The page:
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Such a philosophical endeavor is at odds with the spirit of the modern age; hence in many ways Dooyeweerd led a lonely intellectual life. Excommunication by the secular philosophical schools, however, burdened him less than the misunderstanding about his work within the orthodox Protestant world, first within the Free University itself and increasingly so in the English-speaking world. Much of what he considered misunderstanding was over his approach to the Bible. Even the most appreciative of his critics mentioned his extremely vague way of speaking about God’s written revelation. In response he insisted that he was not a theologian, and his defenders pointed out that some English translation of his work did not accurately convey his position on the inspiration and authority of Scripture.

Perhaps a more persistent struggle with his numerous and versatile publications in several disciplines besides philosophy—legal theory, political science, industrial economics, theory of history, and sociology—will in the future help to show Dooyeweerd’s alternative to secular, behavioralist trends in the modern university. The evangelical intelligentsia owes him a great debt.

Avoiding Sin Of All Kinds

There are Christians who, in effect, define righteousness by what they shun. They keep away from certain foods and drinks, from certain people, from certain places.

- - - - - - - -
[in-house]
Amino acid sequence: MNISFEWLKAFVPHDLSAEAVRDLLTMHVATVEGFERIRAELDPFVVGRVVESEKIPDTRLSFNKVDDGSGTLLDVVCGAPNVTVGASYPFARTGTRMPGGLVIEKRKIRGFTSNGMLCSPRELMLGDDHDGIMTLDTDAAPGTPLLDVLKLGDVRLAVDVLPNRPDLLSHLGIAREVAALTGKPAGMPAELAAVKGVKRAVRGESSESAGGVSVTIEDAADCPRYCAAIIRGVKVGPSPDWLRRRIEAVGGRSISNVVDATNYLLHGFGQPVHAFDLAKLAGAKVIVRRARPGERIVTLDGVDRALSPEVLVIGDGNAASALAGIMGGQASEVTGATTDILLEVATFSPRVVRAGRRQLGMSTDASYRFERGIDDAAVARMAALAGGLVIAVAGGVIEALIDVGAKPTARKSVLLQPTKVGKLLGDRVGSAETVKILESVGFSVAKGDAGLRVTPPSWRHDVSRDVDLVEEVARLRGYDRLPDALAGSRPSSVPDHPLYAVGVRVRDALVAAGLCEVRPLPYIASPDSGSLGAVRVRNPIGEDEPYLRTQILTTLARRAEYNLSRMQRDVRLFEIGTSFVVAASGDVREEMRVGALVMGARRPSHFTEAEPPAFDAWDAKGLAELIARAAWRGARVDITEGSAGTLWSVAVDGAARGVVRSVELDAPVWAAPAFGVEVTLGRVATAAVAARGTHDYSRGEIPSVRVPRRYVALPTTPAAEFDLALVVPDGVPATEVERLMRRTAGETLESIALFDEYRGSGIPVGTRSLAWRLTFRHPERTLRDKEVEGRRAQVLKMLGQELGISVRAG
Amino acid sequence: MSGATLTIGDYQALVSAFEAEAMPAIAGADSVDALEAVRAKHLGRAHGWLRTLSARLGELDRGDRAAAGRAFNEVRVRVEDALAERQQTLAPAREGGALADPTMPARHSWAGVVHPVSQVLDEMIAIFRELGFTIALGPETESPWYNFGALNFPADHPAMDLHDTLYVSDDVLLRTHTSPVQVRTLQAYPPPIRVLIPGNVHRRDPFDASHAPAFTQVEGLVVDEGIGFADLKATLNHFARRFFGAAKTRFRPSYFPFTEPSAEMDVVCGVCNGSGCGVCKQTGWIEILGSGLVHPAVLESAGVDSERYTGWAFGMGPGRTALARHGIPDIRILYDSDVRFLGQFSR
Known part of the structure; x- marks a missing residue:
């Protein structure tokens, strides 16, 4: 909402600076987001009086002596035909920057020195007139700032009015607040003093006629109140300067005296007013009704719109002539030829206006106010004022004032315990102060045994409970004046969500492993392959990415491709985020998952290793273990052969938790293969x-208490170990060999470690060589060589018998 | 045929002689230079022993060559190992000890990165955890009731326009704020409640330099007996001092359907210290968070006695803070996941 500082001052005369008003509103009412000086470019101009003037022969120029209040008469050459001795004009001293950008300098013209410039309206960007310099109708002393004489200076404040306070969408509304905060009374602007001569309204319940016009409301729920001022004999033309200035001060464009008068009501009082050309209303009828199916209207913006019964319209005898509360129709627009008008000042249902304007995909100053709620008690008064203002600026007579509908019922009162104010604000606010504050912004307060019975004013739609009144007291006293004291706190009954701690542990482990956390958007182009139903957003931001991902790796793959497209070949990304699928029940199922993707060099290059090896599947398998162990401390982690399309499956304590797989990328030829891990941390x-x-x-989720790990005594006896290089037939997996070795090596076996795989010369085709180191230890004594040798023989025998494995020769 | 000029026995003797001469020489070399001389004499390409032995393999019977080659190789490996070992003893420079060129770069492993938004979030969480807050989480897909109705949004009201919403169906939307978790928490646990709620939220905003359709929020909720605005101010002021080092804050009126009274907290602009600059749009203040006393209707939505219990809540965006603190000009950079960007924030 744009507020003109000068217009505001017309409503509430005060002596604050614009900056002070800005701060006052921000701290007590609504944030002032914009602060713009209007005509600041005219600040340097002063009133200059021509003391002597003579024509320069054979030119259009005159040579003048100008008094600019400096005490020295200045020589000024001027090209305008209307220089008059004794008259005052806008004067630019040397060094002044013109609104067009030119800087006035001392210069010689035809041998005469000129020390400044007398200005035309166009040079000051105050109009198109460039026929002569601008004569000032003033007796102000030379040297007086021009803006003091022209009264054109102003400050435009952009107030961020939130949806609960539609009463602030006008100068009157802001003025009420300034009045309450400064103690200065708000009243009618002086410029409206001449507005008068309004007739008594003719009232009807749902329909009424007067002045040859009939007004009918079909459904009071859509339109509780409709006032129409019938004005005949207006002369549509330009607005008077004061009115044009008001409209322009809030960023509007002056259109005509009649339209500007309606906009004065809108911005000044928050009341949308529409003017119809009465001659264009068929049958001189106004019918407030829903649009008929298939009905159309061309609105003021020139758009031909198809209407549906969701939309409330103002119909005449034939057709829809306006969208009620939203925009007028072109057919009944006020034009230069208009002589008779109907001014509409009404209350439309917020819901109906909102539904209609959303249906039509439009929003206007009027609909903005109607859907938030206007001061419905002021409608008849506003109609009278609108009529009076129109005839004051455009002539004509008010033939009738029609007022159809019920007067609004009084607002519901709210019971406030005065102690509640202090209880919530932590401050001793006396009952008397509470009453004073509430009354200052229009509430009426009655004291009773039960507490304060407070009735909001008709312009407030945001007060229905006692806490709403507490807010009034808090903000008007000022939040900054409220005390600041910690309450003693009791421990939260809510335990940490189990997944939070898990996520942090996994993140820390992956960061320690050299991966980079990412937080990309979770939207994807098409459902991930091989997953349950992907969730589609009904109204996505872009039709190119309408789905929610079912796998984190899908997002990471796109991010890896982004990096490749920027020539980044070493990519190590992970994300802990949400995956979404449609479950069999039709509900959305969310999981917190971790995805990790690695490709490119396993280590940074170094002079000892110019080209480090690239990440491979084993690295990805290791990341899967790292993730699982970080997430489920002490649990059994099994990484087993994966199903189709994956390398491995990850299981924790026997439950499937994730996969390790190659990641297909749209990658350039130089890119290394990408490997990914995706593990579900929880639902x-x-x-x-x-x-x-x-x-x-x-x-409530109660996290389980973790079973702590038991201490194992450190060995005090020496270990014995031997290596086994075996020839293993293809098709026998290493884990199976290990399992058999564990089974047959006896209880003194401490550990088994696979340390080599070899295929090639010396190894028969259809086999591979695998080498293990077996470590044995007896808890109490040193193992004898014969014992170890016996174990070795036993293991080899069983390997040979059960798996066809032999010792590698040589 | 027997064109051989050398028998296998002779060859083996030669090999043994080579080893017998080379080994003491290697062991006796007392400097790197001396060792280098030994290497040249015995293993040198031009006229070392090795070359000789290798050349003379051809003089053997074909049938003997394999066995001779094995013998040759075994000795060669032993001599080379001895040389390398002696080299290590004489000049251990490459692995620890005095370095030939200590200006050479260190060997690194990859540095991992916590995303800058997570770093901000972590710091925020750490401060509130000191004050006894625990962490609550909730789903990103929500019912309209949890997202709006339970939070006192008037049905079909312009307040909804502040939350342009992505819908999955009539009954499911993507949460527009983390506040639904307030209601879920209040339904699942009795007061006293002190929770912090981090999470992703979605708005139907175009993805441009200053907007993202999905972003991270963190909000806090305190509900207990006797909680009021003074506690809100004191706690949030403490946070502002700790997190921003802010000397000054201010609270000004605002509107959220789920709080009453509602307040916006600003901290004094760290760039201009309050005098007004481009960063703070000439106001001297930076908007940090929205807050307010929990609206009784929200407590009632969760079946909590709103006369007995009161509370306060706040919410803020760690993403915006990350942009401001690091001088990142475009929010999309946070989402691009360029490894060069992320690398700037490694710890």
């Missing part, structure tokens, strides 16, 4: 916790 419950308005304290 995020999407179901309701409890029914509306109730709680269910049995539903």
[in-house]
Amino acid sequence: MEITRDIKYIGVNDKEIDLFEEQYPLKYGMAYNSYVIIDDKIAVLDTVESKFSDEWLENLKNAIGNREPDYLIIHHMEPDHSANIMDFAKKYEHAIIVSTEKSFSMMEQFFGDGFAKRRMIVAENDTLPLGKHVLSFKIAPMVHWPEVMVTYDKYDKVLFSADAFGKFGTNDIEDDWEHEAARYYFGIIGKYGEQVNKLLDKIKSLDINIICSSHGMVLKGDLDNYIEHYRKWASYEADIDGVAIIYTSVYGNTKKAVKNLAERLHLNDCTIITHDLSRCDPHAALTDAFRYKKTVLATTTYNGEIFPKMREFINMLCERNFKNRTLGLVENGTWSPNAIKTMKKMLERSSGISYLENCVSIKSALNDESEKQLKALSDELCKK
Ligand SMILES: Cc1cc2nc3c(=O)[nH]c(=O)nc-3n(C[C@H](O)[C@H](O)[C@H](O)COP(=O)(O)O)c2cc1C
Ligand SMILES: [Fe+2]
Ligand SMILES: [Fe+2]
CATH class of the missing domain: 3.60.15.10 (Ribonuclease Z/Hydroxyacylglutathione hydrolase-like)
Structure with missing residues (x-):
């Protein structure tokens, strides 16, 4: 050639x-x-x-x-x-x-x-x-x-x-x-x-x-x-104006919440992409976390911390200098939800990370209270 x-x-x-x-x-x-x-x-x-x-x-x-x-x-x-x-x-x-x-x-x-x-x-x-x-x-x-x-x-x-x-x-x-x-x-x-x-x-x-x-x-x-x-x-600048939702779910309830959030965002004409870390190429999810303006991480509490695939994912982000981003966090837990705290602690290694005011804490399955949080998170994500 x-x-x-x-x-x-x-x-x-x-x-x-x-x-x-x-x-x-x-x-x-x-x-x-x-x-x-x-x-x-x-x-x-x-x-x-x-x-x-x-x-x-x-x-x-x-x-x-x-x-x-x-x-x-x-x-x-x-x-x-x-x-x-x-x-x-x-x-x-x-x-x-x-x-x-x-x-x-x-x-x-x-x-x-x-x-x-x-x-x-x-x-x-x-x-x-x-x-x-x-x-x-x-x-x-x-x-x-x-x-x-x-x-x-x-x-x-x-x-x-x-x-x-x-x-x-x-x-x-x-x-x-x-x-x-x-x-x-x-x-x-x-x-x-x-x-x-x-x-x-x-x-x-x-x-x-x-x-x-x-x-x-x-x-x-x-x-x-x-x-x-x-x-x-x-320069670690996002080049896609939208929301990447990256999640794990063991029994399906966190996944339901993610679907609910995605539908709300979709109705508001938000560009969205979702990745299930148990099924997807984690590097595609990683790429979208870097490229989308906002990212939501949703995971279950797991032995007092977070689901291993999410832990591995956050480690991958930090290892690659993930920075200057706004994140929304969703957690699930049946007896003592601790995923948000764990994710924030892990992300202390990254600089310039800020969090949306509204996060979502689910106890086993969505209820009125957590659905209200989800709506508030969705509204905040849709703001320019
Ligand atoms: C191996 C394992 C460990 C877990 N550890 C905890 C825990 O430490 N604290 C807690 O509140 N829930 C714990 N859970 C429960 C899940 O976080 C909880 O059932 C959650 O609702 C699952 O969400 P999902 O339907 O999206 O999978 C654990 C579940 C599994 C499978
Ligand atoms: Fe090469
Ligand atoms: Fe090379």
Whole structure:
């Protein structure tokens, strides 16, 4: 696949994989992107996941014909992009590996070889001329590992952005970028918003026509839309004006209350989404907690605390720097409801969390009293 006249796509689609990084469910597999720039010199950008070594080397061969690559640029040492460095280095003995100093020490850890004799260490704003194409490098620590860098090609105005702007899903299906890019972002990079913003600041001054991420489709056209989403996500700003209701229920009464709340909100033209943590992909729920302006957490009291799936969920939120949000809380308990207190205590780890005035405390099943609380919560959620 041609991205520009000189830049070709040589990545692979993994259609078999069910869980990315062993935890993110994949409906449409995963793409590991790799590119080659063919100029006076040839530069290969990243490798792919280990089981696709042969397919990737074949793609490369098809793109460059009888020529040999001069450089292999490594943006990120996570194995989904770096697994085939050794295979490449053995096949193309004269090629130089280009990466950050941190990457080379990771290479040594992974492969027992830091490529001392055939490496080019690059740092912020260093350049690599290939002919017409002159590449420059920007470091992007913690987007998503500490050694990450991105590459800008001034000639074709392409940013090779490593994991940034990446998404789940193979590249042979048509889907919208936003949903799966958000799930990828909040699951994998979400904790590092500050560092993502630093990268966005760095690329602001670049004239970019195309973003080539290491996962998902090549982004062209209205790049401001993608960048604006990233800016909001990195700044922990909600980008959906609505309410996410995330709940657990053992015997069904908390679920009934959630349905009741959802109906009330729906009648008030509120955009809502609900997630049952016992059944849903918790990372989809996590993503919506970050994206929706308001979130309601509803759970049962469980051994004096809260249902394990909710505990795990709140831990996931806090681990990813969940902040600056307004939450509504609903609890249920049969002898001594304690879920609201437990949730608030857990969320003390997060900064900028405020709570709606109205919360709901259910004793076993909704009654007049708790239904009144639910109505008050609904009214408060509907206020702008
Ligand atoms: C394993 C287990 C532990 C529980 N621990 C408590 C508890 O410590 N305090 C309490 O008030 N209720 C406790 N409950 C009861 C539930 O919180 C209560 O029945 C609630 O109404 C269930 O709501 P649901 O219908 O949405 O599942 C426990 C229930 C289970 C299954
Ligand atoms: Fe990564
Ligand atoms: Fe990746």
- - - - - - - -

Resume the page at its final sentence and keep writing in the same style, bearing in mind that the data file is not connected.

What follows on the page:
There certainly are occasions when Christians do well to keep their distance, but our Lord’s emphasis was against that way of defining unrighteousness. He stressed one’s internal attitude, regardless of the external surroundings: “What comes out of a man is what defiles a man. For from within, out of the heart of man, come evil thoughts, fornication, theft, murder, adultery, coveting, wickedness, deceit, licentiousness, envy, slander, pride, foolishness” (Mark 7:20–22).

It is convenient to focus on the sins of others; this keeps the spotlight away from oneself. And it is convenient to understand sin in terms of actions that can be physically avoided; one can thereby avoid disturbing thoughts about attitudes such as coveting, envy, and pride, which our Lord includes on his list of “evil things” right along with theft, murder, and adultery.

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God everywhere shows a lot of concern about sin, and so should we. But it is the nature of sin to deceive us, even when we think we’re being righteous. We must work at keeping our understandings and emphases in line with what God has revealed.